Wednesday, March 30, 2011

give me your $

I ended today's classes with a little exercise in how conflict can lead to irrational behavior. I offered my students an opportunity to bid on a dollar. As with any auction, the highest bidder wins. If the highest bid is $.13, then I'm out $.87. So be it. However, this auction also has my own conflict-inducing rule: The 2nd highest bidder also has to pay me their bid.

I've done this demonstration quite a few times (taken from an activity manual), and it's always produced similar results: Bidding starts quickly with multiple people at low amounts. And then someone ups the ante to an amount near a dollar. They're hoping that no one challenges them; that they've bid too high to make it profitable for others. But then that 2nd highest bidder, they still have to pay, so they keep it going. And back and forth between 2people until one finally gives up.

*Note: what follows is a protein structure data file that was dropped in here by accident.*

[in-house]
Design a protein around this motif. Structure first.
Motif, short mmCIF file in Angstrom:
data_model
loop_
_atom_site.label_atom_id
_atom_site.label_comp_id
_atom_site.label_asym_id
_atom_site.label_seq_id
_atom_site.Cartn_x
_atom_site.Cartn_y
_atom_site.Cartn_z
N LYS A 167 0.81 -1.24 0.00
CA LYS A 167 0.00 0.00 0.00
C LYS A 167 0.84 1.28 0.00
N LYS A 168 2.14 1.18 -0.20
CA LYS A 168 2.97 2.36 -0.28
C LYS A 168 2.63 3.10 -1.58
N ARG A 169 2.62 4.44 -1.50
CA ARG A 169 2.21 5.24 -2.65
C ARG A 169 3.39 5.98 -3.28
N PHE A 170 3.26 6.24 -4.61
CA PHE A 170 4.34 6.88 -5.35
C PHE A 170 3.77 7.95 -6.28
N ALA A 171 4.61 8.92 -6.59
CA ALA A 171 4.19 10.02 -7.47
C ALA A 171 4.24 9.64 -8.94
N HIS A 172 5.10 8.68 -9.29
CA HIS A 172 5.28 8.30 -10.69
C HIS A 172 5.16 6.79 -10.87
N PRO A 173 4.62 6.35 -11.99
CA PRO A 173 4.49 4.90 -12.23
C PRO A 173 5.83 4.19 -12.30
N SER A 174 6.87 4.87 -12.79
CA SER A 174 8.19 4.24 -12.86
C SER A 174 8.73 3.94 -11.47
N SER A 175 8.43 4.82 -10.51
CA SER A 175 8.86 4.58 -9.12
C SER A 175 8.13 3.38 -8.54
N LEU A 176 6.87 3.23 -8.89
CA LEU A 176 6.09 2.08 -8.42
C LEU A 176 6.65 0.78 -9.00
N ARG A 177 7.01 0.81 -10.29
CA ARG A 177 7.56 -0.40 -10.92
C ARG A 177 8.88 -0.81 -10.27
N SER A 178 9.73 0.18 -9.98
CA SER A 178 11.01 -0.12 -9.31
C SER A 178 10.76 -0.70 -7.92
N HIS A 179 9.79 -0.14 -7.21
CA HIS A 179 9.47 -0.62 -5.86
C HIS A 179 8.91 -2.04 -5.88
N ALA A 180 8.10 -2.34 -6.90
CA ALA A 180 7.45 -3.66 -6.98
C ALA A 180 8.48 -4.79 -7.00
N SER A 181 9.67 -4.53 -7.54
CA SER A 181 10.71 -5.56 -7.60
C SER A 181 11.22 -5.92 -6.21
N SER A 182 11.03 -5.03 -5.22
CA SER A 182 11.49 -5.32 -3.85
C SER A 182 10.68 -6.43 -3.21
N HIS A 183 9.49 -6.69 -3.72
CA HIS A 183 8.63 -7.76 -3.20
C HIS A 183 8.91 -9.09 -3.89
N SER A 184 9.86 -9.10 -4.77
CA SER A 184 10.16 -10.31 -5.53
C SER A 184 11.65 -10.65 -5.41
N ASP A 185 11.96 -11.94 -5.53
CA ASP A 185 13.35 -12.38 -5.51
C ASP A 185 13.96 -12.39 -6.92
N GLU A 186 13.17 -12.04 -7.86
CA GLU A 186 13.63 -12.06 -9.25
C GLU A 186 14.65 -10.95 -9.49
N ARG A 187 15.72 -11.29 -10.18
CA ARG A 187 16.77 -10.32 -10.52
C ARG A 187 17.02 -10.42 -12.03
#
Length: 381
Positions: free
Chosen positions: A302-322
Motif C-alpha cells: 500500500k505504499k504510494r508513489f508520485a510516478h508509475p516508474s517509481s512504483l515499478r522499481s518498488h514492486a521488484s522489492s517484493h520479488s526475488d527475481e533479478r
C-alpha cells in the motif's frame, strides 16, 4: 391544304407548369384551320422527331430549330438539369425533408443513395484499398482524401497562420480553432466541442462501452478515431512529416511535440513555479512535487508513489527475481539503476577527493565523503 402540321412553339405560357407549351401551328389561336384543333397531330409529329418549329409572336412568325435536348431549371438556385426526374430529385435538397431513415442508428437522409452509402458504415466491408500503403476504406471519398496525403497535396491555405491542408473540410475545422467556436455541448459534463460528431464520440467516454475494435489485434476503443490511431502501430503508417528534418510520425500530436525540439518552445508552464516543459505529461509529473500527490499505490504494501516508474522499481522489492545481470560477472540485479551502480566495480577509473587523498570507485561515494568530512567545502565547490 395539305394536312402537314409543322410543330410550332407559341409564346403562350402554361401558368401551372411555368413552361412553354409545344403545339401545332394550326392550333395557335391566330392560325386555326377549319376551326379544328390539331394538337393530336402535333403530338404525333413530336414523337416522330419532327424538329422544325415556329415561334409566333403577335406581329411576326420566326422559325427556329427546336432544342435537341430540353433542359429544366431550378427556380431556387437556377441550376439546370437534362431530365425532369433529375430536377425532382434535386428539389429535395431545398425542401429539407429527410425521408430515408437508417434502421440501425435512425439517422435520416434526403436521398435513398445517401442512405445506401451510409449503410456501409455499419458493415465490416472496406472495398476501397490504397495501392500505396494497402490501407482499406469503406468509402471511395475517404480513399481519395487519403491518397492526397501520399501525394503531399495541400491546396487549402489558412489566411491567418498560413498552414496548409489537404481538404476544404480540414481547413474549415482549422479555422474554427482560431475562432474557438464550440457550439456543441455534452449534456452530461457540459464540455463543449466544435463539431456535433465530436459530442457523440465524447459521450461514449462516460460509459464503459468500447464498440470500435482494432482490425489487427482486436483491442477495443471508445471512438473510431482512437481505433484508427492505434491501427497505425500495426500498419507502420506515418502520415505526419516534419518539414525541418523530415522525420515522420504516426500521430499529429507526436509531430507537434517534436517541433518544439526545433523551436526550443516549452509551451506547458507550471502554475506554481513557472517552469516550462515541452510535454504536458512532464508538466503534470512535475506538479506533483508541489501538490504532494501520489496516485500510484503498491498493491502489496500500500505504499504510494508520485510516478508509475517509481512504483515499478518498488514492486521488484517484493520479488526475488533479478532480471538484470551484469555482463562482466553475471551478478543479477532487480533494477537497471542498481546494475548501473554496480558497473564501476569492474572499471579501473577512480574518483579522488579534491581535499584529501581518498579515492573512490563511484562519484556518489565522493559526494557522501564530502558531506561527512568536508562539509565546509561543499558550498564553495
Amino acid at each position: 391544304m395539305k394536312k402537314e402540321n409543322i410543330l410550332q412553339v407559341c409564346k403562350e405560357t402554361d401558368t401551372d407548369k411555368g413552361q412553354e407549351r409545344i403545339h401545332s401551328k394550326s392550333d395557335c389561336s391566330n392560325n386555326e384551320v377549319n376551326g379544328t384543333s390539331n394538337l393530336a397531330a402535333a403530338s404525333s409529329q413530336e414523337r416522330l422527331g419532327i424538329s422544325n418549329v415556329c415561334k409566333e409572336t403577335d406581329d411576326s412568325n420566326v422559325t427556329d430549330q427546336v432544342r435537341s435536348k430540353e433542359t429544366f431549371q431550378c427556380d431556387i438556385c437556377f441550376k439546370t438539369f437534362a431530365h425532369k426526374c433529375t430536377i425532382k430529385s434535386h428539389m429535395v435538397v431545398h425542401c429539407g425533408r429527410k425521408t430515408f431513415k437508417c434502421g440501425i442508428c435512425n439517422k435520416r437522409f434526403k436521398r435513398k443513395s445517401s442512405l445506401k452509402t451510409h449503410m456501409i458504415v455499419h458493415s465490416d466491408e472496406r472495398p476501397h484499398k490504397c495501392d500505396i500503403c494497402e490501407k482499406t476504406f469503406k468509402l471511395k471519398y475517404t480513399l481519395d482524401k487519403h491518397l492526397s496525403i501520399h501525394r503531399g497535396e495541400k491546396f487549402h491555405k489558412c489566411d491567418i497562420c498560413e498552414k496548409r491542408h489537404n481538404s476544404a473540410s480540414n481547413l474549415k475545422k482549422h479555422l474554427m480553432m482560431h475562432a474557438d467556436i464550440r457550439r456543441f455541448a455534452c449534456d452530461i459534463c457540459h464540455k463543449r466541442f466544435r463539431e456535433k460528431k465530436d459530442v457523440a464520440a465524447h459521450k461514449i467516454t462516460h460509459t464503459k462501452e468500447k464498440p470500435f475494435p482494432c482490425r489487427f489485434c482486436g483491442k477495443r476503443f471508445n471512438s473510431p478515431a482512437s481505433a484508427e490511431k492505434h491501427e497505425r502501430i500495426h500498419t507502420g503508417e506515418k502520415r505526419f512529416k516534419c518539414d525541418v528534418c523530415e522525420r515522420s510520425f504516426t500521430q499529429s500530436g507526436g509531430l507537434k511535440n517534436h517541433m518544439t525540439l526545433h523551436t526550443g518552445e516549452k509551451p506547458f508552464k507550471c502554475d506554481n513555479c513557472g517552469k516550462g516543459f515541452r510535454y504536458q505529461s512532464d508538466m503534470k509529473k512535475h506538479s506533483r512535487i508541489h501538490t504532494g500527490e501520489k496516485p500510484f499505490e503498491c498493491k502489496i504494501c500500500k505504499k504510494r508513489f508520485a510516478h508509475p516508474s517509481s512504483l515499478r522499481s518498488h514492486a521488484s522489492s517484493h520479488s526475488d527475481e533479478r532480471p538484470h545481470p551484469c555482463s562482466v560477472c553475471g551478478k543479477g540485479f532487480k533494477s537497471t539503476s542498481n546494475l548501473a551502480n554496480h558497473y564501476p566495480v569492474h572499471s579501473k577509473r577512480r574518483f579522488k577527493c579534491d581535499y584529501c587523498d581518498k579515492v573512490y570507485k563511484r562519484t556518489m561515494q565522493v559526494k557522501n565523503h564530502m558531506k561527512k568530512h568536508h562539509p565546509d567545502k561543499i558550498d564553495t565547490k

It's amusing (my classes would agree) to see these final 2people so conflicted about being the one to give up.

So the result? 

In both classes I sold my $1.00 for $1.01.

The 2nd highest bid?

In both classes, $1.00.

So across the 2classes I'm walking away with $2.02. I'm living large now!

(And just to make sure no one hates me for taking their money, I told them I was going to use the money to buy candy for after their exam next Wednesday.)

(Which probably means I'm going to spend over $2.02.)



  1. that is hysterical! how did they react when the two highest bidders realized that they were actually giving you a penny?

  2. L. - Relieved that they weren't giving me a $1!

  3. really interesting!
    what kind of candy are you going to get?